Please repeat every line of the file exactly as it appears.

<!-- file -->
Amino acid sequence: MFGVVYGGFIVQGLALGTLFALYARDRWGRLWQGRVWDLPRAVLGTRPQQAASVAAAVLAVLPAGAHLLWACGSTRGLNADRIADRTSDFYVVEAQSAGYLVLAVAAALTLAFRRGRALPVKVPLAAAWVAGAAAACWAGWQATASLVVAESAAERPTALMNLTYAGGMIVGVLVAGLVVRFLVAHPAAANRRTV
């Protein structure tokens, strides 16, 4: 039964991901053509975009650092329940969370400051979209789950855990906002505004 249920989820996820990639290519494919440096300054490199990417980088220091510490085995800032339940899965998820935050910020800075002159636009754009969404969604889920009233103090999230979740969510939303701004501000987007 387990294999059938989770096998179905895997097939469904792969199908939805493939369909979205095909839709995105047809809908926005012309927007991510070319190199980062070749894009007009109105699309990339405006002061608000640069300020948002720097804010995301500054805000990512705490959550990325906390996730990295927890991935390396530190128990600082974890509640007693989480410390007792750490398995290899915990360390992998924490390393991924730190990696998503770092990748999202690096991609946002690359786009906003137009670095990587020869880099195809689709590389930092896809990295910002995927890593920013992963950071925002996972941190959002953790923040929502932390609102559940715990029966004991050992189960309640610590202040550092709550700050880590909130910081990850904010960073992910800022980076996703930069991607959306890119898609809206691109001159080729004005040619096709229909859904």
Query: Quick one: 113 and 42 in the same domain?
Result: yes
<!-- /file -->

Amino acid sequence: MFGVVYGGFIVQGLALGTLFALYARDRWGRLWQGRVWDLPRAVLGTRPQQAASVAAAVLAVLPAGAHLLWACGSTRGLNADRIADRTSDFYVVEAQSAGYLVLAVAAALTLAFRRGRALPVKVPLAAAWVAGAAAACWAGWQATASLVVAESAAERPTALMNLTYAGGMIVGVLVAGLVVRFLVAHPAAANRRTV
């Protein structure tokens, strides 16, 4: 039964991901053509975009650092329940969370400051979209789950855990906002505004 249920989820996820990639290519494919440096300054490199990417980088220091510490085995800032339940899965998820935050910020800075002159636009754009969404969604889920009233103090999230979740969510939303701004501000987007 387990294999059938989770096998179905895997097939469904792969199908939805493939369909979205095909839709995105047809809908926005012309927007991510070319190199980062070749894009007009109105699309990339405006002061608000640069300020948002720097804010995301500054805000990512705490959550990325906390996730990295927890991935390396530190128990600082974890509640007693989480410390007792750490398995290899915990360390992998924490390393991924730190990696998503770092990748999202690096991609946002690359786009906003137009670095990587020869880099195809689709590389930092896809990295910002995927890593920013992963950071925002996972941190959002953790923040929502932390609102559940715990029966004991050992189960309640610590202040550092709550700050880590909130910081990850904010960073992910800022980076996703930069991607959306890119898609809206691109001159080729004005040619096709229909859904």
Query: Quick one: 113 and 42 in the same domain?
Result: yes